By Professor Tim Anderson
Parkinson's disease is the second most common neurodegenerative disease after Alzheimer’s disease and our Christchurch group at the New Zealand Brain Research Institute (NZBRI) has shown that 1% of those over 60 years in New Zealand have PD, with some 11,000 people having the condition.
For reasons that we don't know but are presently exploring, the prevalence of PD in Māori appears to be considerably lower than in European New Zealanders. We have calculated that the number of New Zealanders with PD will double to 20,000 over the next 25 years. This will be an increasing burden of PD on individuals, carers, families and the health system. Presently there is no cure or indeed treatment that will slow the progress of Parkinson’s.
Our Parkinson’s research team at the NZBRI in Christchurch is multidisciplinary and engaged in multi-faceted clinical research, based around people with PD. We have established the Christchurch Longitudinal Parkinson’s Study in which we are undertaking regular assessments of individual PD volunteers about every two years for up to 10 years. These assessments include tests of clinical status using standard scales (e.g. Unified Parkinson's Disease Rating Scale), extremely detailed neuropsychological (thinking and memory) and behavioural assessments, sensitive eye movement recordings, advanced brain imaging including MRI and PET (positron emission tomography) scans and, over recent years, blood collection for genetic and blood protein markers. So far we have baseline assessments in some 350 PD patients and 75 healthy controls (non-PD volunteers) and have regularly followed up 210 of the PD and 50 control participants.
An area of particular research focus at the NZBRI, led by Prof John Dalrymple-Alford, has been in the distressing cognitive decline that many PD people experience, sometimes culminating in a type of dementia that is different from Alzheimer’s dementia – with less memory loss but greater problems with planning ahead and making decisions. Before reaching dementia people usually go through a phase of mild cognitive impairment (MCI) whereby independence is maintained but there is clear evidence of a decline in cognitive abilities. We have shown that PD patients with MCI are at much greater risk of imminent dementia than those with preserved cognition. In our longitudinal cohort, 50% of those with MCI developed dementia over the next four years but only 6% with normal cognition did so. On the other hand, dementia is not inevitable in PD and our (unpublished) observations indicate that some 50% of PD patients will get dementia.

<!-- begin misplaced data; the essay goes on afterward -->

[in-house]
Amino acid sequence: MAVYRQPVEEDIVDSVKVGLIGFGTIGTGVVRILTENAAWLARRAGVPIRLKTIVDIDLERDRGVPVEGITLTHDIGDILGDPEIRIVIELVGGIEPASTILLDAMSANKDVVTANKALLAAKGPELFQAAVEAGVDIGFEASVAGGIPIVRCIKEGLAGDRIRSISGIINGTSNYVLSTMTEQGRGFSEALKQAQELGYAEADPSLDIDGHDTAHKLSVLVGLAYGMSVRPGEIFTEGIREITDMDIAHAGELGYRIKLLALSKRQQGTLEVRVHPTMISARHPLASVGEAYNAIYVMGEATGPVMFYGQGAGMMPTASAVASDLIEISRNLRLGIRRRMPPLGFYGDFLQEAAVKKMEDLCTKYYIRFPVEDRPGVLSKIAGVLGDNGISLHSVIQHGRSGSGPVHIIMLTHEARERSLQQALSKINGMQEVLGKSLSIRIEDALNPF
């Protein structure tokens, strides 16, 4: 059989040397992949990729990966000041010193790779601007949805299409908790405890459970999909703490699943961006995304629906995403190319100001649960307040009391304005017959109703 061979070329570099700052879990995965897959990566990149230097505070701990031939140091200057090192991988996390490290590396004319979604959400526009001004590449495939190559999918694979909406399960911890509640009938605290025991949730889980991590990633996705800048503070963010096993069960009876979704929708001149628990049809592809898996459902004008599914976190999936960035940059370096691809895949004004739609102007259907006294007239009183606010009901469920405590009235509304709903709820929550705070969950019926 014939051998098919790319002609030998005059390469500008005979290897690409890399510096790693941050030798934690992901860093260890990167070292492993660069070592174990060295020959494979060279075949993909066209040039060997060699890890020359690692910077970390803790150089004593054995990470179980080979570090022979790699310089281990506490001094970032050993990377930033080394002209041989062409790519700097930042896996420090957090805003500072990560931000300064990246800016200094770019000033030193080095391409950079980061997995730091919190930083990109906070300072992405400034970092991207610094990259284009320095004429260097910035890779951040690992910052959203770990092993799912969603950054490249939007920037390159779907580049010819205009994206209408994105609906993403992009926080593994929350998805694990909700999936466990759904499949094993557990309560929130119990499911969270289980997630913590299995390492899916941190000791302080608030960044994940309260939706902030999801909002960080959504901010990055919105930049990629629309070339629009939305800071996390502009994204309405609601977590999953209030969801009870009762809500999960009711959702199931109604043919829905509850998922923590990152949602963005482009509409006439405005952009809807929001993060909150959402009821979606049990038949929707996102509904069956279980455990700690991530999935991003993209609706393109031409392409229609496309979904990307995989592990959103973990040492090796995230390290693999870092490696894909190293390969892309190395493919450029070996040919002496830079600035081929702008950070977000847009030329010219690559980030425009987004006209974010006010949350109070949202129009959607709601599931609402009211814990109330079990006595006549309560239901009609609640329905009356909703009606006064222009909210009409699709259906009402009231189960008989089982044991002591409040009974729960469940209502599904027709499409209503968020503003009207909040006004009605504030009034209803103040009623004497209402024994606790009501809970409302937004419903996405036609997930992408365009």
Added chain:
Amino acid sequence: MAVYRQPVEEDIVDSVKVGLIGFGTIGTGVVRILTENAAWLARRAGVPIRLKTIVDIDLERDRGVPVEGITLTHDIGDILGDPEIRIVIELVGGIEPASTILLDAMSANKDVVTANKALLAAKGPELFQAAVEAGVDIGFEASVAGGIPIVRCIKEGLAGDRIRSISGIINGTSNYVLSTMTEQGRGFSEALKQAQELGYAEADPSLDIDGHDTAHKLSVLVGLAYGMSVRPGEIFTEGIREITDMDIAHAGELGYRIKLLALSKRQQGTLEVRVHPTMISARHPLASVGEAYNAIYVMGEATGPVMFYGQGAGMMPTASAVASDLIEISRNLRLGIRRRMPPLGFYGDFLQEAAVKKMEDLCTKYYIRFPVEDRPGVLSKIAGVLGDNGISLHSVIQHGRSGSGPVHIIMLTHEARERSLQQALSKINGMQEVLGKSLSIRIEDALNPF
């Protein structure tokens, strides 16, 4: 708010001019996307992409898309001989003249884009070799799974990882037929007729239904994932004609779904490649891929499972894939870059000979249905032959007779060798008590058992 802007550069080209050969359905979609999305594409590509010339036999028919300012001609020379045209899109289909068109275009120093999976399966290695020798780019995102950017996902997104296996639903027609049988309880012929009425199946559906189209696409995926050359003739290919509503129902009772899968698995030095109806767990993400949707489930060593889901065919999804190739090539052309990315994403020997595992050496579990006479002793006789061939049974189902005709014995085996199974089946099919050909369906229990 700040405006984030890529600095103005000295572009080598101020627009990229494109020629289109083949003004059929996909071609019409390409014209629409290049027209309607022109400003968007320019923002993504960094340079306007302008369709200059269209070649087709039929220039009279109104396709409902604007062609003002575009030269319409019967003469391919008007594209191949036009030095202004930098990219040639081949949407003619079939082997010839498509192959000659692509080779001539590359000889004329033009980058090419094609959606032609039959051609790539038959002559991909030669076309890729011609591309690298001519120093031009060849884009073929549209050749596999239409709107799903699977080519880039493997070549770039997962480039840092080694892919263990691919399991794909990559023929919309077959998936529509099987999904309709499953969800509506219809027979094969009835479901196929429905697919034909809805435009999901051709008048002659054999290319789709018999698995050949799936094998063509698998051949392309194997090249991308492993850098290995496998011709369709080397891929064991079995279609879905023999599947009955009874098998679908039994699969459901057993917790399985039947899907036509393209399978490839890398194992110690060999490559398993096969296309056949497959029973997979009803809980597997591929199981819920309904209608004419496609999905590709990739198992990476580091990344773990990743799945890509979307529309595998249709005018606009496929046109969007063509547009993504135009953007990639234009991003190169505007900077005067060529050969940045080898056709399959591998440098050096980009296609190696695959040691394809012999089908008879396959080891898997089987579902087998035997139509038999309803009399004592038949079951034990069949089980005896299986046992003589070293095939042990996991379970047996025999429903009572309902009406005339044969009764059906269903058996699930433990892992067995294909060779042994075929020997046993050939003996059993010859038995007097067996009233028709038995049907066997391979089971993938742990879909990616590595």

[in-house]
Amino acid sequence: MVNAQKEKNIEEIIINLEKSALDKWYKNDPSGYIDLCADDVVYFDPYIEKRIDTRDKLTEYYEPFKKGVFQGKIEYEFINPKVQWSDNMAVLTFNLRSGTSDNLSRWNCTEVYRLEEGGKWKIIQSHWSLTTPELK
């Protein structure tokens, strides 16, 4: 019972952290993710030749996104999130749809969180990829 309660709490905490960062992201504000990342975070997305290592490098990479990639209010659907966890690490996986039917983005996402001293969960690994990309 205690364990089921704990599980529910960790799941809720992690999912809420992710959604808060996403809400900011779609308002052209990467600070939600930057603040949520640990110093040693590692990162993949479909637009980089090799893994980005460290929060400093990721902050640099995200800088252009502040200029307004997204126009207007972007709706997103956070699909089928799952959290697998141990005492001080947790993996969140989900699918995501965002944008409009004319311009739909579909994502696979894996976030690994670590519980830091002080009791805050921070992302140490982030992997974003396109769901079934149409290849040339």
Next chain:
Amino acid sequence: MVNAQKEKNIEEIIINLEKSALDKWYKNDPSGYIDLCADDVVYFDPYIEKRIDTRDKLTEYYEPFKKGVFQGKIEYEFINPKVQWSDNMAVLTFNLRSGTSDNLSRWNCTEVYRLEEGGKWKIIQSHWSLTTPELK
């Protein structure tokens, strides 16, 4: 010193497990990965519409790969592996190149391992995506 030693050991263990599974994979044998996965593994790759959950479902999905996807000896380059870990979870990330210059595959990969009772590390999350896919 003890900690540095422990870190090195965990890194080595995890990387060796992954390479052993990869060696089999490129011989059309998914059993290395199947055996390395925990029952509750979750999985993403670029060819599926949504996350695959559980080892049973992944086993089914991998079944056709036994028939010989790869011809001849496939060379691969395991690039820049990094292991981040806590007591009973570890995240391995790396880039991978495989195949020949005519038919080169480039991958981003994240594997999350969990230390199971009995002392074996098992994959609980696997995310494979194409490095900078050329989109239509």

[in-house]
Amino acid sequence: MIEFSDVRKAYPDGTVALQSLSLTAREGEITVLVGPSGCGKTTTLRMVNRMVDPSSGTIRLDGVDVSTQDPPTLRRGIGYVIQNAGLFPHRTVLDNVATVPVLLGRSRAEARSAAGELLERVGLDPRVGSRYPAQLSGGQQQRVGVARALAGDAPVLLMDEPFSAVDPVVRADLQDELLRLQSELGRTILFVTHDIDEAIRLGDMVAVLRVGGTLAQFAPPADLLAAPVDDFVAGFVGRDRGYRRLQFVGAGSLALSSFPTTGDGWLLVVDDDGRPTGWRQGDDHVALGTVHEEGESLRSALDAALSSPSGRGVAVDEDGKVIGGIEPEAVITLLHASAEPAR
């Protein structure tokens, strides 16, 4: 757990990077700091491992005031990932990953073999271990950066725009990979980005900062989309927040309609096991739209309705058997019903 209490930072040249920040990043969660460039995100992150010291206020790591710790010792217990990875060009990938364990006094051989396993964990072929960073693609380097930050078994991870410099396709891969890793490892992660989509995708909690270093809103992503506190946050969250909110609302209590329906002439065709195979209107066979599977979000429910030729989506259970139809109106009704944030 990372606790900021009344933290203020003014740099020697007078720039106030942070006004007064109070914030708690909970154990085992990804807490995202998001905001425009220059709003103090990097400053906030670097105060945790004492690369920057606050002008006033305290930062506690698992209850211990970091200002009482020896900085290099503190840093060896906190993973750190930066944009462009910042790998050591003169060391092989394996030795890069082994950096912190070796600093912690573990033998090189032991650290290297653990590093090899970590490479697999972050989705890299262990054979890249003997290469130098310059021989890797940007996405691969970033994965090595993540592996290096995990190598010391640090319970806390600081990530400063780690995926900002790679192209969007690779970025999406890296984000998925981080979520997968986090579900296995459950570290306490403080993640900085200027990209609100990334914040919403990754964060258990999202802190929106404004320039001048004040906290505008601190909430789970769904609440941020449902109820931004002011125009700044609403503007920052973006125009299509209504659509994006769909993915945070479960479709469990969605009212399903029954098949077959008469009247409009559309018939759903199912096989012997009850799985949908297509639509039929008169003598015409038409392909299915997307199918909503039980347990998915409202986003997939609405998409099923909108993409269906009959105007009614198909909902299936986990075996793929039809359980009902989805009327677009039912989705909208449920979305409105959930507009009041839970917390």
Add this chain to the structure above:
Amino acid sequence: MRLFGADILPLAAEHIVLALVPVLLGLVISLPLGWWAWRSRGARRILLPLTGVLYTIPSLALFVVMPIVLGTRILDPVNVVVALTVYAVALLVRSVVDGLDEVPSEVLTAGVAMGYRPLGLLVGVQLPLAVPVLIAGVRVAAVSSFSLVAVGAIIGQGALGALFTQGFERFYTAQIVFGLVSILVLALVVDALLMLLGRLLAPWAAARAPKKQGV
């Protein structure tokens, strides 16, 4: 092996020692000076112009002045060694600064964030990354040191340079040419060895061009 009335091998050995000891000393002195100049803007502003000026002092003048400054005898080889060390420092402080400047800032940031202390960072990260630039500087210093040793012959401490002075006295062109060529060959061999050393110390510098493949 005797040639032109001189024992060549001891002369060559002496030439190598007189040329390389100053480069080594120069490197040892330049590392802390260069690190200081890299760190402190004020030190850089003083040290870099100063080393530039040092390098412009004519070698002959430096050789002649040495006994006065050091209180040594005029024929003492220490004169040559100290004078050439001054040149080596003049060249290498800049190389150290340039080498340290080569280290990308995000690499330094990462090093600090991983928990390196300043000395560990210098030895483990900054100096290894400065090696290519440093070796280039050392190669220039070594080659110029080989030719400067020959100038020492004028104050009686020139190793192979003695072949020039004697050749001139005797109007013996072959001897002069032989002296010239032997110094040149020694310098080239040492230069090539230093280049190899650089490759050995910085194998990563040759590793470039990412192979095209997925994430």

Genetic causes of PD are uncommon, and the cause of PD in most patients is unknown, but it is becoming apparent that there is a genetic contribution in many. The most common gene mutations known to increase the risk – but not be the sole cause - for PD in any individual are those in the GBA (glucocerebrosidase) gene.
In a study led by Dr Toni Pitcher and Prof Martin Kennedy, we have recently detected GBA mutations in 10% of our Longitudinal PD cohort, similar to findings overseas. We, and others, have shown that there is a higher rate of cognitive impairment and dementia in patients with a GBA mutation. Such genetic testing is likely to become important in the future as specific therapies tailored to those people with specific gene mutations, such as GBA, are currently being explored.
Brain imaging can provide a variety of objective indicators of brain status. Dr Tracy Melzer has led a number of MRI and PET projects in the Longitudinal cohort, especially relating to cognitive changes in the PD patients. He showed that the earliest changes are a reduction in blood flow and some thinning of the deeper white matter tracts even when there is only mild cognitive impairment. In PD patients with dementia these changes are greater and accompanied by brain atrophy – a reduction in overall brain size – and increase in white matter hyperintensities (hardening of small blood vessels). Presently we are exploring whether measuring these changes in individual patients early in their disease, in concert with other clinical and blood markers, can predict their long-term outcome. If so, then we could use such information to choose the right type of patient for trials of new therapies and ultimately tailoring individualised treatment.
The pathological change in the brains of people with PD is the abnormal accumulation of alpha-synuclein – an abundant protein we all have but which goes out of shape (is misfolded) in PD. It has been proposed that one of the main causes of dementia in PD is the additional build up of Alzheimer’s-type amyloid protein in the brain. However, in the largest published study of its type, we undertook amyloid PET scans in PD patients and demonstrated that coexistent Alzheimer’s is not a factor in PD dementia.
One of our present research thrusts is to collaborate with researchers at the National Institute of Ageing (NIA) in the US to measure concentrations of proteins that come from the brain, but are found in the blood in tiny packages called exosomes, to determine if changes in these proteins relate to cognitive and motor status in Parkinson’s.
Professor Tim Anderson is a neurologist, with subspecialty expertise in movement disorders including Parkinson’s, Huntington’s disease and botulinum toxin therapy. He undertakes two specialty clinics in movement disorders per week and fortnightly botulinum toxin clinics for the CDHB, as well as teaching 5th year University of Otago medical students and hosting students at his outpatient clinics.
Tim regularly conducts clinical pharmaceutical trials in Parkinson’s and other neurological conditions and this has enabled patients not only to have early access to new treatments but also regular clinical review and oversight. He is the Clinical Director of the New Zealand Brain Research Institute.